The issue

The Trump administration is looking to overhaul the worker-visa program used by tech companies to hire high-skilled foreign workers for technical jobs they can't fill with Americans (aka H-1B) . The fixes are aimed at ensuring the program isn't used to bring in cheaper overseas labor to displace U.S. workers.

The facts
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Data: Department of Labor; Chart: Lazaro Gamio / Axios

When companies hire workers with an H-1B visa, they have to provide notice, through a government filing, of the H-1B workers' wages and work locations. While labor filings don't directly correlate with number of workers, it reflects anticipated work locations for their total H-1B populations. The largest number of such filings are not filed by tech companies. Outsourcing firms Wipro, Infosys and Tata Consultancy Services account for the largest number, according to Labor Department data. The outsourcing firms rely heavily on H-1B visas to bring in workers, largely from India, to help staff corporate IT departments. These companies are known as "H-1B dependent," meaning more than 15 percent of their workforces hold visas, and account for the largest numbers of visa labor filings. (Nasscom, the trade group that represents Indian IT firms, has said it fully complies with immigration laws.)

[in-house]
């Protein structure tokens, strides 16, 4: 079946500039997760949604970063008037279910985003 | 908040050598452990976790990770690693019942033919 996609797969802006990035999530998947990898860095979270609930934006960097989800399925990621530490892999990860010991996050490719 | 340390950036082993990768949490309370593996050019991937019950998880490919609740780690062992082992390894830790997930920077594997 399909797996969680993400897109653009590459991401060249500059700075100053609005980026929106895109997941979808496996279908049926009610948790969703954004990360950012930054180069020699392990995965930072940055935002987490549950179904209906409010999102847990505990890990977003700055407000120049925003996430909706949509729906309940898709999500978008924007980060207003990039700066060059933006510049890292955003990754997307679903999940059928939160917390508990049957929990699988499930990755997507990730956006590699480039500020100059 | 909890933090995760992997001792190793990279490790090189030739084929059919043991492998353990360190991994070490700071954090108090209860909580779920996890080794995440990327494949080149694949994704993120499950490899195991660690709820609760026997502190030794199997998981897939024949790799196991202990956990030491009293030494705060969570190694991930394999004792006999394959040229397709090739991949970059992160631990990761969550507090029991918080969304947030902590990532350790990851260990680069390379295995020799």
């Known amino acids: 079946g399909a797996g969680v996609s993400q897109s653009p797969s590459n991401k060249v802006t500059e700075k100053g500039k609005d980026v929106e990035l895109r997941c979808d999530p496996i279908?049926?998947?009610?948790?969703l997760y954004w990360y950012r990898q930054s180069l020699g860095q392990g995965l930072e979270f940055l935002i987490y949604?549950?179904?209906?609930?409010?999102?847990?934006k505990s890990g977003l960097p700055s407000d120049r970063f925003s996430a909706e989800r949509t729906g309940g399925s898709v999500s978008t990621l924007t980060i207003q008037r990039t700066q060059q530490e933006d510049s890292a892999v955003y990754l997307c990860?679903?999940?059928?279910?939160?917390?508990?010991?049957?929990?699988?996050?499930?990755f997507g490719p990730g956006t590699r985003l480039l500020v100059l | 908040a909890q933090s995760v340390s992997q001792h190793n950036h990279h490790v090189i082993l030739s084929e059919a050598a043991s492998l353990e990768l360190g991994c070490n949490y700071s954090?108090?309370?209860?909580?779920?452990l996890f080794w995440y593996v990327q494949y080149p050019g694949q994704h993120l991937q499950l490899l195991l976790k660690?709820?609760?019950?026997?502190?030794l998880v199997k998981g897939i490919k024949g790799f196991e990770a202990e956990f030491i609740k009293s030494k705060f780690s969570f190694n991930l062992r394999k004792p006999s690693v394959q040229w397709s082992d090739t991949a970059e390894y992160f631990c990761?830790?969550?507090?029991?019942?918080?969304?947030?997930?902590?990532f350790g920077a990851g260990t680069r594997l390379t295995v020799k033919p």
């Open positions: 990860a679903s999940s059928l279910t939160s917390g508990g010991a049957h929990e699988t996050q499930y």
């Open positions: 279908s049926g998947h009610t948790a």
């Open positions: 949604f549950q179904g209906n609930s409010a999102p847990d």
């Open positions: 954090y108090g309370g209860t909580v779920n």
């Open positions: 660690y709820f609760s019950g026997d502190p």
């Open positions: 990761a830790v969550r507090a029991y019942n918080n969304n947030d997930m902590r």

Why it matters

Possible new restrictions on the program or a re-prioritized lottery system could change how tech companies and India-based IT consulting firms find technical workers. They could be required to hire Americans first and show they can't find the necessary talent at home to be eligible for visas. If companies do need to hire workers from overseas, preference may be given to companies paying the highest salaries. Congress also is working on reforms to tighten requirements.

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